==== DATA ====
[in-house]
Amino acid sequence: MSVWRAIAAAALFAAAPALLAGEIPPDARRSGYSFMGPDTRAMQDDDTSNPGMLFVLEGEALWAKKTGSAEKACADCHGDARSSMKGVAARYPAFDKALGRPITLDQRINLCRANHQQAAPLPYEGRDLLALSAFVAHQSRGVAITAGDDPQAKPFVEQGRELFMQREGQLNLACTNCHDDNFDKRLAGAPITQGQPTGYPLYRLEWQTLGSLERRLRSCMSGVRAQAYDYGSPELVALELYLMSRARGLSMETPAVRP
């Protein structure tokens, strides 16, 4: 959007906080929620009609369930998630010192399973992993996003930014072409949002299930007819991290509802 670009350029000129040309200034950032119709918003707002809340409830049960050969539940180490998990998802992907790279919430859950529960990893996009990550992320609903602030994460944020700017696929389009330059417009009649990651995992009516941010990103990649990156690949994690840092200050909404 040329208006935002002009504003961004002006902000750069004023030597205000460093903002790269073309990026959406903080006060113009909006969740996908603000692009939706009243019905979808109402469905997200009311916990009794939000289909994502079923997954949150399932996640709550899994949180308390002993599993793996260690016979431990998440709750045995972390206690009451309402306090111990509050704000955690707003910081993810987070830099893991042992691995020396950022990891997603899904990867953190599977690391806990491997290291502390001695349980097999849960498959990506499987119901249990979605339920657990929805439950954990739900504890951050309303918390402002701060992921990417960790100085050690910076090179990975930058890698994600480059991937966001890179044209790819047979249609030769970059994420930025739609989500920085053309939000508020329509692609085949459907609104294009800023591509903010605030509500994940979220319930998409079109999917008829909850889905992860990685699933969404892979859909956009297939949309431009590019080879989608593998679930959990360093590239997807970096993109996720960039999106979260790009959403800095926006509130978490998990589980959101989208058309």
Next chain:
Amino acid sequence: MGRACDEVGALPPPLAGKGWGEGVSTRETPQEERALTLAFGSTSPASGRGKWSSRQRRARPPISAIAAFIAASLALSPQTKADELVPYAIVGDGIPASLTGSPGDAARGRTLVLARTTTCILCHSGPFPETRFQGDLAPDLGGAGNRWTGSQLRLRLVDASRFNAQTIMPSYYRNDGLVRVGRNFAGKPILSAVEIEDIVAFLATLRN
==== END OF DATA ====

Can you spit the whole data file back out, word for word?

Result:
[in-house]
Amino acid sequence: MSVWRAIAAAALFAAAPALLAGEIPPDARRSGYSFMGPDTRAMQDDDTSNPGMLFVLEGEALWAKKTGSAEKACADCHGDARSSMKGVAARYPAFDKALGRPITLDQRINLCRANHQQAAPLPYEGRDLLALSAFVAHQSRGVAITAGDDPQAKPFVEQGRELFMQREGQLNLACTNCHDDNFDKRLAGAPITQGQPTGYPLYRLEWQTLGSLERRLRSCMSGVRAQAYDYGSPELVALELYLMSRARGLSMETPAVRP
């Protein structure tokens, strides 16, 4: 959007906080929620009609369930998630010192399973992993996003930014072409949002299930007819991290509802 670009350029000129040309200034950032119709918003707002809340409830049960050969539940180490998990998802992907790279919430859950529960990893996009990550992320609903602030994460944020700017696929389009330059417009009649990651995992009516941010990103990649990156690949994690840092200050909404 040329208006935002002009504003961004002006902000750069004023030597205000460093903002790269073309990026959406903080006060113009909006969740996908603000692009939706009243019905979808109402469905997200009311916990009794939000289909994502079923997954949150399932996640709550899994949180308390002993599993793996260690016979431990998440709750045995972390206690009451309402306090111990509050704000955690707003910081993810987070830099893991042992691995020396950022990891997603899904990867953190599977690391806990491997290291502390001695349980097999849960498959990506499987119901249990979605339920657990929805439950954990739900504890951050309303918390402002701060992921990417960790100085050690910076090179990975930058890698994600480059991937966001890179044209790819047979249609030769970059994420930025739609989500920085053309939000508020329509692609085949459907609104294009800023591509903010605030509500994940979220319930998409079109999917008829909850889905992860990685699933969404892979859909956009297939949309431009590019080879989608593998679930959990360093590239997807970096993109996720960039999106979260790009959403800095926006509130978490998990589980959101989208058309």
Next chain:
Amino acid sequence: MGRACDEVGALPPPLAGKGWGEGVSTRETPQEERALTLAFGSTSPASGRGKWSSRQRRARPPISAIAAFIAASLALSPQTKADELVPYAIVGDGIPASLTGSPGDAARGRTLVLARTTTCILCHSGPFPETRFQGDLAPDLGGAGNRWTGSQLRLRLVDASRFNAQTIMPSYYRNDGLVRVGRNFAGKPILSAVEIEDIVAFLATLRN